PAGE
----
Our theme this week is the Ordinary, hosted by I. J. Khanewala. There are many places, moments, things that we would say are ordinary. We may be surprised when the ordinary takes a turn.
My husband, Lynton and I started out this summer like any previous ordinary summers. Even though we didn’t take international trips, we took a couple of local getaways trips. We visited the grandkids. I took advantage of the summer colors and got some new flowers.
As soon as the summer rolled around the corner, things became a domino effect and tuned into an extraordinary summer. It was almost unstoppable without affecting the long-term effect.
There was an old 10’x8’ metal shed in the backyard. We had it for fifteen years. Lynton and I assembled it together. It was a major project we worked on it without getting upset with each other. I did my part, laying out all the nuts and bolts and parts. When Lynton assembled the panels, I handed him whatever he needed. I helped to hold the panels when he joined them together. The shed reminded us we could work together. What’s the big deal? It’s a big deal when two professionals live under the same roof. We could do our own things separately, but it takes extra consideration when working on the same project.
Finally, the shed was ready to retire. It leaked. The wooden floor was rotten and partly collapsed. We needed a new shed. We moved out everything from the old shed. Lynton demolished it.
I wanted a risen shed which is sturdier. I set a budget, but after looking for all the models, we picked one which cost twice as much as my initial budget.
“We better have a slab for the foundation. I wouldn’t be able to make a good leveled wooden foundation,” he said.
We got two quotes, but neither showed up for the job. It was a chance meeting when Lynton talked to a cement guy at a gas station. He came to give us a quote. He and his crew did the slab.
The section of the wall behind the shed bulged and threatened to collapse. We asked the cement guy for a quote. His quote was more reasonable than the one we got years ago. We needed a new wall, eventually. It would be hard to do it afterwards because there were only a few feet between the shed and the wall. We decided to have it done.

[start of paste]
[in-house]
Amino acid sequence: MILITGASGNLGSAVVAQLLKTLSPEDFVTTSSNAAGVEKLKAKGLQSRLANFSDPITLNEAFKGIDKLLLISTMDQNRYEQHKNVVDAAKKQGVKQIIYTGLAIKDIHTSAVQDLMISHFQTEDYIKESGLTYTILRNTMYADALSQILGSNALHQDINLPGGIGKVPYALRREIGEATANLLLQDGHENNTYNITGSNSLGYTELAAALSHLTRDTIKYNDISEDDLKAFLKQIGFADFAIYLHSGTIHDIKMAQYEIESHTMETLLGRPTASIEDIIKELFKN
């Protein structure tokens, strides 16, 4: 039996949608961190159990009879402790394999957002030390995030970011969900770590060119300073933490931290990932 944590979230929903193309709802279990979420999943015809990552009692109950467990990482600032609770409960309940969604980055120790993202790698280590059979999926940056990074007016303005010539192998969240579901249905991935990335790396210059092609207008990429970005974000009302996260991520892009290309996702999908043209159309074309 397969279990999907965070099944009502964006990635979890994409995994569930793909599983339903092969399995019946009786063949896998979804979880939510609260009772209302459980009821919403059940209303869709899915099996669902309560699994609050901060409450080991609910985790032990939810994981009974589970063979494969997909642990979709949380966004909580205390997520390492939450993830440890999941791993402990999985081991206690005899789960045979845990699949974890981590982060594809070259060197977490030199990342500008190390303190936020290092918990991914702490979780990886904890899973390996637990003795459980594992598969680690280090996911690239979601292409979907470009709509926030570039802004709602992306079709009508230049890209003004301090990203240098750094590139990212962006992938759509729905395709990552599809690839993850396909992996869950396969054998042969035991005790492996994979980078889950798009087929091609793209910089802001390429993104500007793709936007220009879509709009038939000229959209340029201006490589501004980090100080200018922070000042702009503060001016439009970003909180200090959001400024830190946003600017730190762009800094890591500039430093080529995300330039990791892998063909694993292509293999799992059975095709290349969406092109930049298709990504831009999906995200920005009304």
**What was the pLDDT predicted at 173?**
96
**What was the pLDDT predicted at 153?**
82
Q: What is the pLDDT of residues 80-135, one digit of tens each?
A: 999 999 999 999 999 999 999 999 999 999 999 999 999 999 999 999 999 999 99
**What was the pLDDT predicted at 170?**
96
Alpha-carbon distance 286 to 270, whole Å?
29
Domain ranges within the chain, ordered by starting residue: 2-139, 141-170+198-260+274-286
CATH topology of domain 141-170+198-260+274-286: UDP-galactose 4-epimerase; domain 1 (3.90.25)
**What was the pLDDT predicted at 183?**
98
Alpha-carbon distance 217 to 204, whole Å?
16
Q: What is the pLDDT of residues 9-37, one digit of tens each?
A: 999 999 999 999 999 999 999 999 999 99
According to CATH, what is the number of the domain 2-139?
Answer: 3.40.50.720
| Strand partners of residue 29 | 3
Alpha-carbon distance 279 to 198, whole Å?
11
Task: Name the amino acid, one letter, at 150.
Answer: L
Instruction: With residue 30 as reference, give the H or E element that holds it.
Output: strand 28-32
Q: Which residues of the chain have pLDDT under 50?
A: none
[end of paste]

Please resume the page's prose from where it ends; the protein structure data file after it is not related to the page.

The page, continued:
The guy and his crew demolished the wall, dug two feet deep and two feet behind the wall to pour cement for the foundation. All the dirt dug up was piling up on our lawn. It took them six weeks to build the wall.
Lynton put the new shed together almost all by himself. I only helped to hold up some panels when he joined them together.
The soil in the backyard was hard after six weeks without water. We nurtured the soil and waited for the summer heat to die down. Then Lynton put in the new seeds for the grass. The grass in the above photo is new grass.
While the back yard construction was going on, I replaced many of the annual flowers to perennial. I picked the flowers for hummingbirds, butterflies, and bees. Lantana was not my favorite flower because I thought it was not artistic. But it’s butterfly food. I raised 20 butterflies in the summer. Milkweed is for the butterflies to lay eggs. The adult butterflies need food, so it made sense to plant some flowers for butterfly food. Now I have pink or orange mixed colors, purple and yellow single color Lantana on the slope, in the backyard and front yard. They’re ready for the butterflies next year.
I planted more Sylvia for the bees because I need the bees to pollinate the plum and orange blossoms. I went crazy getting the Pentas when it was on sale. Not only the butterflies, but the hummingbirds and bees like them also.
For two months, the backyard was like a war zone. I’m glad the work is over. There shouldn’t be any more home improvement projects for the backyard for the remaining years we live in this house.